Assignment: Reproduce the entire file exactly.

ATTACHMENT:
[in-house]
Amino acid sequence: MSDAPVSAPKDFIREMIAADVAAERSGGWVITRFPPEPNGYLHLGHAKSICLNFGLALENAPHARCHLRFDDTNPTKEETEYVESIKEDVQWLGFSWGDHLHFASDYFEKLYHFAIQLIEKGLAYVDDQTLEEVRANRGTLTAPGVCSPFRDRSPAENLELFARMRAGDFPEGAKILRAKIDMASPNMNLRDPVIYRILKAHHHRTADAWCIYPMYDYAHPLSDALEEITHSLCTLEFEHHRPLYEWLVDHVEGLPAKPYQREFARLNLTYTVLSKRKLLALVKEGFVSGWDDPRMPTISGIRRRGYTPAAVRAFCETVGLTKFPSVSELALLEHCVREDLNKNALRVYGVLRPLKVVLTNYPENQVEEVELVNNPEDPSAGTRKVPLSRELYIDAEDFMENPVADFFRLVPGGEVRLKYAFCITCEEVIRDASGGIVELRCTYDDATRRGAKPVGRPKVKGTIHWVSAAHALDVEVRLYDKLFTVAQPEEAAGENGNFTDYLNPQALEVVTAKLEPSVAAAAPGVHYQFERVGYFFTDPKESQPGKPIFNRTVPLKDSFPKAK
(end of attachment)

[in-house]
Amino acid sequence: MSDAPVSAPKDFIREMIAADVAAERSGGWVITRFPPEPNGYLHLGHAKSICLNFGLALENAPHARCHLRFDDTNPTKEETEYVESIKEDVQWLGFSWGDHLHFASDYFEKLYHFAIQLIEKGLAYVDDQTLEEVRANRGTLTAPGVCSPFRDRSPAENLELFARMRAGDFPEGAKILRAKIDMASPNMNLRDPVIYRILKAHHHRTADAWCIYPMYDYAHPLSDALEEITHSLCTLEFEHHRPLYEWLVDHVEGLPAKPYQREFARLNLTYTVLSKRKLLALVKEGFVSGWDDPRMPTISGIRRRGYTPAAVRAFCETVGLTKFPSVSELALLEHCVREDLNKNALRVYGVLRPLKVVLTNYPENQVEEVELVNNPEDPSAGTRKVPLSRELYIDAEDFMENPVADFFRLVPGGEVRLKYAFCITCEEVIRDASGGIVELRCTYDDATRRGAKPVGRPKVKGTIHWVSAAHALDVEVRLYDKLFTVAQPEEAAGENGNFTDYLNPQALEVVTAKLEPSVAAAAPGVHYQFERVGYFFTDPKESQPGKPIFNRTVPLKDSFPKAK